Web series

Web series ‘Dinner with...’ celebrates meals with dacoits and encounter specialists

The website 101 India series is a gonzo-style exploration of the gastronomic pleasures of men with blood on their hands.

That gangsters and police officers are two sides of the same coin is an idea that is nearly as old as cinema itself. And if gangster films are to be believed, what is a respectable don without a passion of the finer things in life? In the website 101 India’s web series Dinner with..., host Vishal Chopra dines with a variety of guests with blood on their hands – from an encounter specialist with 116 kills to his name to a Hyderabadi don who is now a marriage counseller.

The series has been inspired by Vice documentaries that attempt to give an insider view of the underbelly. Dinner with... began life in June 2016 as vignettes with dons from the Dongri and Nalasopara neighbourhoods in Mumbai. The series features conversations with evocatively named men such as Salim Chopper, who says he was inspired by Sanjay Dutt’s character in the movie Vaastav (1999). Gangsters also hold forth on Mumbai’s fabled street food.

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Salim Chopper: Dinner With The Dons.

The gangsters featured in the series are reformed criminals who talk dispassionately about chopping victims into countless pieces. Like the Vice documentaries, the information is unverified and unsubstantiated. However, stylish visuals and intimate access to flamboyant characters conveys a sense of time and place.

In one episode, Vishal Chopra visits Dindigul, referred to as the “crime capital” of Tamil Nadu, to meet local don MK Tevar. Chopra’s easy camaraderie with the mobster leads to the hilarious moment when Tevar agrees to be interviewed at a graveyard along with his dog, who is named after India’s cricket captain Virat Kohli. Tevar speaks about his abiding love for biryani, which he says should be his final meal.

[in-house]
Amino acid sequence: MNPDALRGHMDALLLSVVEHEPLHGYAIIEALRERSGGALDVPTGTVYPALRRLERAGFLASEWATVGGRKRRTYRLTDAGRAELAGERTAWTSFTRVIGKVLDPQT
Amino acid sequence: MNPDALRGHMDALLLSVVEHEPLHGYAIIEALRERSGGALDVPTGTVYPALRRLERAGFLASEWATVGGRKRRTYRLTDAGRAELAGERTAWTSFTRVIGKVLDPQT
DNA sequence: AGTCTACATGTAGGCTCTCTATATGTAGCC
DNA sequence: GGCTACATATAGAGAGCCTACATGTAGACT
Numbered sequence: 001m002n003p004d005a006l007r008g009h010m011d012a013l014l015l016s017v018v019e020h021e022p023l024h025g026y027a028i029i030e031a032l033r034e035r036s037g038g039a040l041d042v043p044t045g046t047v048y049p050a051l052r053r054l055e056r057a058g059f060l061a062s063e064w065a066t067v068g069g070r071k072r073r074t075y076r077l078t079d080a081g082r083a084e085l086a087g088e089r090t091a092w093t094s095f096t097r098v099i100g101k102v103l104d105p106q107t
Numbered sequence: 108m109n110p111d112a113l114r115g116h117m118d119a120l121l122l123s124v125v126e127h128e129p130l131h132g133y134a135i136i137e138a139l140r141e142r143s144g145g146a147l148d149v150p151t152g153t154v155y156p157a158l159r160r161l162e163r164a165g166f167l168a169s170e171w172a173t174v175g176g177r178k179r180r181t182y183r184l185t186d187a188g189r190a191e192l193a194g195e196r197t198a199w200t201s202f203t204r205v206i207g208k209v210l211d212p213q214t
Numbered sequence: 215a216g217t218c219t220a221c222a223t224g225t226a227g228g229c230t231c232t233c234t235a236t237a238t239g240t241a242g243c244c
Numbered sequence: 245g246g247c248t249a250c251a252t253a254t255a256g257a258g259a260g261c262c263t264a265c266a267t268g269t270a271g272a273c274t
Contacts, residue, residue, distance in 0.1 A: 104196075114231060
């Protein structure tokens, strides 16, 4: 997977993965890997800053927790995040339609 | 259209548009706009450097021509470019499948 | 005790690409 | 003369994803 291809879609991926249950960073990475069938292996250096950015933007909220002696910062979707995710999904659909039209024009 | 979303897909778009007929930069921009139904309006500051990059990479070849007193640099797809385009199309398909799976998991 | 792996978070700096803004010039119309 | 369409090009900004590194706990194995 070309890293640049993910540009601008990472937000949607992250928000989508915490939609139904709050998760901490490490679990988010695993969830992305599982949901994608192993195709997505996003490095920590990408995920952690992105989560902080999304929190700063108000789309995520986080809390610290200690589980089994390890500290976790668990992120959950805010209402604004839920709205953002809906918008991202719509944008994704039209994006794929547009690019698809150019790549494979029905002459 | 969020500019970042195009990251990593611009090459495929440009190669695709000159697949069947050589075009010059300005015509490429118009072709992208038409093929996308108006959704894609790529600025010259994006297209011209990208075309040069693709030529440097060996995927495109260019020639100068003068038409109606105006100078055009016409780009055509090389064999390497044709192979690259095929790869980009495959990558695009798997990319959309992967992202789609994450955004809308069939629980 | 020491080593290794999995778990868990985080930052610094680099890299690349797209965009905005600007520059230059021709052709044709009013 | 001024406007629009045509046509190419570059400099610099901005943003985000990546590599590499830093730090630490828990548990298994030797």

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MK Tevar: The Don Of Dindigul.

The most comprehensive explorations of India’s underworld take place in the infamous Chambal valley, which has been immortalised in numerous films including Bandit Queen (1996) and Paan Singh Tomar (2013).

The first of the Chambal episodes looks at Ramesh Singh Sikarwar, who surrendered in 1984 and became a farmer. Sikarwar answers the question that plagues everyone: Who is the Samba to his Gabbar?

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Ramesh Singh Sikarwar: The Don Of Chambal.

In the second part, Chopra meets police officer Ashok Bhadoriya, who has been involved in numerous encounters in the Chambal Valley and had a near-death experience during a shootout. Bhadoriya is a fascinating character and speaks candidly about his past encounters.

At the end of both episodes, Chopra asks his subjects whether they feel any remorse about the numerous lives they have extinguished. With their answers, both law-breaker and enforcer become equals. They have no regrets except a fleeting one over the innocent lives lost in the crossfire.

It is in these portions that the shortcomings of the series become apparent. The gonzo-style investigation has its limits. The intimate access comes at the expense of genuine sociological insight. Both gangsters and officials allow only as much detail as they want to reveal. While the time spent in the underworld locales is thrilling and pregnant with dread, Dinner with... is unable to what Tigmanshu Dhulia’s biopic Paan Singh Tomar did admirably – enter the grey area between cop and don and uncover the ethical and moral dilemmas plaguing both.

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Ashok Bhadoriya: Chambal's Bandit Hunter.
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